Setting Limits: When a Child Talks Incessantly

Ways to help the child who monopolizes conversations

  • Grades: PreK–K

Dear Polly: There's a 5-year-old in my class Priscilla, who never stops talking! When she arrives at school she constantly interrupts as I greet the other children She monopolizes the conversation at group time snack time, and anytime we're all together Although her classmates seem to enjoy her-he is in many ways a delight--her incessant talking has become a problem. I've tried speaking with her, encouraging her to wait her turn and to listen to others. Nothing seems to work. What can I do?

Adults and children alike are prone to doing more of what they're good at than what they aren't very good at or can barely do at all. Perhaps Priscilla is especially articulate. If she's advanced in language development and conversational skills, and a sociable child, it's understandable that she would chatter away nonstop-talking to people is something she loves to do because she's wonderfully good at it.

If this is your assessment of the situation, the goal is to help Priscilla differentiate between:

  • settings in which it's great to talk all you want (on the playground, while playing with friends) and
  • settings in which we take talking turns, in the same way we take turns with toys and equipment.

You could have a "private conference" with Priscilla. Put a child-size chair next to your desk, or put two chairs in a private corner, or take Priscilla out of the room to a place where you can have an uninterrupted conference. Invite her to this special appointment several hours before it's scheduled by saying, "Later today, you and I are going to get together privately. We'll talk about a problem we have. It will be a private conference-just you and me and we'll try to solve the problem together." A special appointment, a little suspense, a special name for the event, and a special seating arrangement will emphasize and dignify the conversation that the two of you need to have.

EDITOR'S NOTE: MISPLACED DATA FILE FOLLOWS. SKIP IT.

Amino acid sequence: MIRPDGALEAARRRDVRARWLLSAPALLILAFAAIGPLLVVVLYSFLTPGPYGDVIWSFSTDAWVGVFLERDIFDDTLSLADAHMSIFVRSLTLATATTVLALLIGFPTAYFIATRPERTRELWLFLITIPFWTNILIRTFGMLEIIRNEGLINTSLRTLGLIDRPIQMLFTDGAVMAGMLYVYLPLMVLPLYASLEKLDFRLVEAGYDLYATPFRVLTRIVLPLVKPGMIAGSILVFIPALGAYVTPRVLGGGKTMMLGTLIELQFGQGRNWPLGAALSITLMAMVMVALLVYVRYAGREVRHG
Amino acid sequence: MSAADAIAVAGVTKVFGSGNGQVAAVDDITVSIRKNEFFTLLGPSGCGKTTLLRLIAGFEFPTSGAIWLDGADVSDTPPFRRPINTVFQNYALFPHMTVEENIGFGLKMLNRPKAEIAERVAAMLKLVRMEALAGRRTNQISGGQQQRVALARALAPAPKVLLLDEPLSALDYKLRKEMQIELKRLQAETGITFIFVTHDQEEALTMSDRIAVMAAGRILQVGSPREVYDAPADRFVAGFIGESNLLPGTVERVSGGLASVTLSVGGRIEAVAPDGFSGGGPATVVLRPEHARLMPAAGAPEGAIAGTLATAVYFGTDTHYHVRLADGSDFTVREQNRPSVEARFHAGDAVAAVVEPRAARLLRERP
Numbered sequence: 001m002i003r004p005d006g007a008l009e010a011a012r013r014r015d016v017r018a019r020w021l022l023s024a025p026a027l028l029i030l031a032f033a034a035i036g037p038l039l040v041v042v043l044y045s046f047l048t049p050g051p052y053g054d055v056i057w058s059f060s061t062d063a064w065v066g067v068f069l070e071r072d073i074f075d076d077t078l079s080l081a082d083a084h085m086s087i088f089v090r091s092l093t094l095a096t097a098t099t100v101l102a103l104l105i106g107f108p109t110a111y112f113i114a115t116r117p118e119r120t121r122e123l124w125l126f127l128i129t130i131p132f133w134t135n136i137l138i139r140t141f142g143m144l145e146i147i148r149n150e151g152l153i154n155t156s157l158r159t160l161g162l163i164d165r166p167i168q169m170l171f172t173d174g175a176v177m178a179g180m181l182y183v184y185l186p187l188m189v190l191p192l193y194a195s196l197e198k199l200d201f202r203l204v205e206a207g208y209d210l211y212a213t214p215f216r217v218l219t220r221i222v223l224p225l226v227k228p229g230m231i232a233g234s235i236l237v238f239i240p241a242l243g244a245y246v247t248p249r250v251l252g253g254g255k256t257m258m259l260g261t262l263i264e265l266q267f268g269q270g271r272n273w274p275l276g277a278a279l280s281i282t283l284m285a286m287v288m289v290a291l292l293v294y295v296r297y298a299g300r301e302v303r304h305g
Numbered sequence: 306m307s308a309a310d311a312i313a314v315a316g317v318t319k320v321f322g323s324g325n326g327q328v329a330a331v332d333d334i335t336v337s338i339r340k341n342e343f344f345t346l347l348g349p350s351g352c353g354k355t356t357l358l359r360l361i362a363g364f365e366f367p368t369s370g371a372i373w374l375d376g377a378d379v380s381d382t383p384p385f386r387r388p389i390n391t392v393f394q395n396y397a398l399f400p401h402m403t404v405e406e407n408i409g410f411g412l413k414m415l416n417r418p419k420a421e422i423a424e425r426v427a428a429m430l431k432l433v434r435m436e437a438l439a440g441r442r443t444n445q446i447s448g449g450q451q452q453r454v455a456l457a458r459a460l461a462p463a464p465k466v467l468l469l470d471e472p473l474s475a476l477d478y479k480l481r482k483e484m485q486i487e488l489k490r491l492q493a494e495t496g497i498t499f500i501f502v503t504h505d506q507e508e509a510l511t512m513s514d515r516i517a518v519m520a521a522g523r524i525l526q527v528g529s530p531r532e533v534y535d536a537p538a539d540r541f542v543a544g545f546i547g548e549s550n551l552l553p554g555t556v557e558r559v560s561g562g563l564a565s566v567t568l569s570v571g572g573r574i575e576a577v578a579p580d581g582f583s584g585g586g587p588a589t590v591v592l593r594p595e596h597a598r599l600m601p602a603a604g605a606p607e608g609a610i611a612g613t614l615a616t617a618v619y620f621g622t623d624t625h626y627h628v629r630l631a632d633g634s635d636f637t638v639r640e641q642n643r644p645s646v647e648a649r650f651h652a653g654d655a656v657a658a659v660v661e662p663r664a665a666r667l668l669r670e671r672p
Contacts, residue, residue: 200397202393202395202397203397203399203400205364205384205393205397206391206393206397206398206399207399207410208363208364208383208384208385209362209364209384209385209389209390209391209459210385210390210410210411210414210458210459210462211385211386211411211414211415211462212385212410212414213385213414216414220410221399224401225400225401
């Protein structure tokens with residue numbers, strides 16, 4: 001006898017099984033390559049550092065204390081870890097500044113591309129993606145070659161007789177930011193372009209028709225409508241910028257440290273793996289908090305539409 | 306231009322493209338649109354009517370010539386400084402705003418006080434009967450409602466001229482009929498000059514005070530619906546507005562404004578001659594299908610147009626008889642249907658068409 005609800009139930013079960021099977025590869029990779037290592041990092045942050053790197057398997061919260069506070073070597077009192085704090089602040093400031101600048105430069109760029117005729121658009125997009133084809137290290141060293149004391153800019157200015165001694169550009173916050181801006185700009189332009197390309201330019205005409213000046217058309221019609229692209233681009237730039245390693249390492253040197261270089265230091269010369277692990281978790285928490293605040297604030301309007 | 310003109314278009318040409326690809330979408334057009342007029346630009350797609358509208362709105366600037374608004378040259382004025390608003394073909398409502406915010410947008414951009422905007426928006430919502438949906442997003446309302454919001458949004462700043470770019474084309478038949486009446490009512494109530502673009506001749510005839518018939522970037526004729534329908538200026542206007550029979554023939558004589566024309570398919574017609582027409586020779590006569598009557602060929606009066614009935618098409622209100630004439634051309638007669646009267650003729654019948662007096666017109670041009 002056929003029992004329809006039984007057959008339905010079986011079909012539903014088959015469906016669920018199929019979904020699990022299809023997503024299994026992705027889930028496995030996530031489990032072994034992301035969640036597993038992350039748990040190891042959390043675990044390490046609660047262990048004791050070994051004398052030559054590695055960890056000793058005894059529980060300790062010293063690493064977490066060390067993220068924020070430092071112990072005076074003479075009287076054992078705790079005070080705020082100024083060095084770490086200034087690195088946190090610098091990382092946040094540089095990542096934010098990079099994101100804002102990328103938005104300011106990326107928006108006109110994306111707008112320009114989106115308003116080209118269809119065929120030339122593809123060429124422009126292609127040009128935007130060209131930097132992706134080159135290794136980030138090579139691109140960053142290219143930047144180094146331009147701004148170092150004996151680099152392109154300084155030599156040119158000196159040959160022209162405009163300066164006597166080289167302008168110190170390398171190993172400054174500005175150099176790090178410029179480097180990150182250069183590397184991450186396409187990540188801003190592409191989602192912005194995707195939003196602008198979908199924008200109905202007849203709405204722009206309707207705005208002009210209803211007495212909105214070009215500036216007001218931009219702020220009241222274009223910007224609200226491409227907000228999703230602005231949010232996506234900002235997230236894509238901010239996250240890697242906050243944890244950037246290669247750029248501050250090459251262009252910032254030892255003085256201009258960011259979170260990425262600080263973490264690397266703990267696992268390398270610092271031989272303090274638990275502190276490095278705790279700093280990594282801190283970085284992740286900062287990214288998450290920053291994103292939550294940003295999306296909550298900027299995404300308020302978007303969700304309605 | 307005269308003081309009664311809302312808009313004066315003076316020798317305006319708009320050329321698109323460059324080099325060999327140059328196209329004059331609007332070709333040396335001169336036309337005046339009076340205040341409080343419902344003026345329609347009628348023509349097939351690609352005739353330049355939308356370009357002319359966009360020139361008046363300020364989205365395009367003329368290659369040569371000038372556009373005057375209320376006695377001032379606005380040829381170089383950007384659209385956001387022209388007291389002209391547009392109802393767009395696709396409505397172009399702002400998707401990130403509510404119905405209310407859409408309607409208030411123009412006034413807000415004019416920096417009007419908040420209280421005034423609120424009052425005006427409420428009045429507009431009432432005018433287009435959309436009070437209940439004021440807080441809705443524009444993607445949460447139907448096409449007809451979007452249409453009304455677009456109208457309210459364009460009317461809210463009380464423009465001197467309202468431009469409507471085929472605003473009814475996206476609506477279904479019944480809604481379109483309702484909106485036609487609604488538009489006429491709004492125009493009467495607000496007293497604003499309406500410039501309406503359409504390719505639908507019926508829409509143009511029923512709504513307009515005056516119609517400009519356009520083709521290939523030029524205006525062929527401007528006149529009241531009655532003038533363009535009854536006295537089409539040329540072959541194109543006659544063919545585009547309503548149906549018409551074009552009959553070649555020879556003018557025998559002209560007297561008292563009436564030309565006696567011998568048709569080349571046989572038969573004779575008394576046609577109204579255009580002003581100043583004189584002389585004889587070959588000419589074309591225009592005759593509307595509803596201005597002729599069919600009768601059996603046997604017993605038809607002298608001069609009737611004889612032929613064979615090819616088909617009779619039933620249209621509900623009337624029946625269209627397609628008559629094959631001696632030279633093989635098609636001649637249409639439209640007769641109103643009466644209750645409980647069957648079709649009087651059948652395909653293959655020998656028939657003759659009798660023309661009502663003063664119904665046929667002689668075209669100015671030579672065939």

During the conference, give several examples of taking turns. Ask Priscilla why she thinks it's important to take turns in the situations you're discussing. (Give examples involving things she likes to do.) Remember, this is not a lecture-it's a conversation between two people.

Keep in mind that an adult can never change a child's behavior without the child's participation. On the other hand, a child has no reason to change her behavior and no tools to use in achieving change, unless the adult supplies both. The more engaged the child is in the process of changing the behavior, the more effective your attempts will be.

Then give Priscilla several examples of sharing, each focusing on others sharing with her. Help her see that when you have a lot of people, sharing the talking is the same as sharing objects: Each person wants a turn to talk and to have us listen to him. We need to share the talking time so each person gets a chance to say what he wants to say.

Choose your words carefully as you talk with Priscilla about this problem. As is true for each child in the group, she certainly has many interesting and important things to say, and you don't want her to become overly self-conscious about speaking up or contributing her ideas.

Chances are that over time, with careful monitoring of the situation, a gentle reminder now and then is all she'll need to balance the talking with the listening.

Dear Reader: What troublesome issues are you dealing with in your program? Write to us at ECT@scholasticcom, and we'll do our best to provide you with helpful advice and "try it now" problem-solving strategies from our experts.

  • Subjects:
    Listening and Speaking, Child Development and Behavior, Manners and Conduct
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